The authors lost me in their attack on VAT ( National Sales Tax ) which has worked successfully in tne United Kingdom and in Canada. These countries are way ahead of us in Social Services. Any tax plan will have its defects, but this is one way to avoid the off shore plans, and the refusal to even submit the 1040 form.
The final chapter devoted to the authors' solution to the problem is a joke. If you take one suggestion after another it is clear that our economy will not tolerate their badly constructed cure. I think that they were just in a hurry to close out the book and had really ill considered, ( or no ), advice from seasoned economists. These two chapters left me with a feeling of let down and disappointment. I had hoped to find some well constructed answers to a pernicious problem. But they offered none.
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3 of 3 people found the following review helpful By A Customer on December 24, 2003
Format: Hardcover
While there are some short-comings with this book, the overall general idea rings true, and their evidence supports the claim. The book does not aim to be a fix-all for the numerous troubles that ail american democracy. Rather, it simply aims to expose yet another example of class preference in American society.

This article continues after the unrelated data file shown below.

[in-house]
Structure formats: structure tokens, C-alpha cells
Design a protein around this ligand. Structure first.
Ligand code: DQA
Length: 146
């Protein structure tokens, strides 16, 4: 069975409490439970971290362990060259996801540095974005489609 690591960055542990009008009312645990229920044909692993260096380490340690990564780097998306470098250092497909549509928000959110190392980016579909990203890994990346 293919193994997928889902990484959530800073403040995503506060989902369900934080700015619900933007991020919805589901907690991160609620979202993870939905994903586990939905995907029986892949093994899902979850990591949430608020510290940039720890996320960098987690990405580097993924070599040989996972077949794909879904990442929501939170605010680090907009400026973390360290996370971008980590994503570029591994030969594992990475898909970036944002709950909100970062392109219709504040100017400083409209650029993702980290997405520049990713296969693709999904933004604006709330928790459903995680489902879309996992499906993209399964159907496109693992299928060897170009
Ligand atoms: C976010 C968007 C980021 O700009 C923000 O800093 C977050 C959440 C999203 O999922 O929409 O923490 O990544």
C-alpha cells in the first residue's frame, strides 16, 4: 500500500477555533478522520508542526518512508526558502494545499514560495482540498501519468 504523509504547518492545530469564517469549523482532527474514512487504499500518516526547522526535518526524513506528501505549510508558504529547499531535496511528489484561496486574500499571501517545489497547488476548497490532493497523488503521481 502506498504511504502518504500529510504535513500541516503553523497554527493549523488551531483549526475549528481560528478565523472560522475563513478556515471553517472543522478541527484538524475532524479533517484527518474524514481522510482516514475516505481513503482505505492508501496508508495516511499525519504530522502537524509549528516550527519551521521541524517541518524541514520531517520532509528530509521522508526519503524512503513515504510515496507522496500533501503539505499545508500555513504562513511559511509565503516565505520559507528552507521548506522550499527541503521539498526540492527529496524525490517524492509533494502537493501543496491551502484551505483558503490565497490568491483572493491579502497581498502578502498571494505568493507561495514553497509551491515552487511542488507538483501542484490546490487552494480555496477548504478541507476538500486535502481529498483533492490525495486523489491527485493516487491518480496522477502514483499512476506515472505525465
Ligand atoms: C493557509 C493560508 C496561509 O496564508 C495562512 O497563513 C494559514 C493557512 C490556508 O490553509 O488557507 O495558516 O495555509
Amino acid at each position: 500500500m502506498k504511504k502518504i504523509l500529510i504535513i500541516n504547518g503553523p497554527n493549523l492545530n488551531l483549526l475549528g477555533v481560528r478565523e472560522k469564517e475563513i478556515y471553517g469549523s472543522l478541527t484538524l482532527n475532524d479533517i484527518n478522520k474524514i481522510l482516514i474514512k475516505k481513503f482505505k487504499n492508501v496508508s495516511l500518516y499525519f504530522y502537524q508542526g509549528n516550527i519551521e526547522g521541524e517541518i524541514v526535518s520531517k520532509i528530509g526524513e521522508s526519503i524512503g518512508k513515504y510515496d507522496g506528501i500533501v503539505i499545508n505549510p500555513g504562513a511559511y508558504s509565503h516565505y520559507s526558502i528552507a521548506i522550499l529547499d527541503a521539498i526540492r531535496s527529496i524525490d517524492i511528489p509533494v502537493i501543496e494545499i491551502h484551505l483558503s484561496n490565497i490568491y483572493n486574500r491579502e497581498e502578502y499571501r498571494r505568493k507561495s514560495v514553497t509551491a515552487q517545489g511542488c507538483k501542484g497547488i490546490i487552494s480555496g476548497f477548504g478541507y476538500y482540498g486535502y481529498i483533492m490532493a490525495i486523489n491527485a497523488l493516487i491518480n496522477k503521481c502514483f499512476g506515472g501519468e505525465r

Like the legal system, the tax code works more to one's advantage the more money one has. That is the simple premise of the book - not government gridlock, not class jealousy, and certainly not socialism. The authors argue from the simple point of showing how wealthy individuals take great advantage of our tax code. And while it does suggest a certain conclusion, I would argue that it is common sense and logic that they use to arrive at the fact that this is but one more way the wealthy absolve themselves of any responsibility in society.
In the end, it is an informative read, but should not be taken by itself. It should be read in conjunction with other works on the tax code, gov't spending, and other problems that plague American society and allow the wealthy to keep distancing themselves, and avoid responsibility.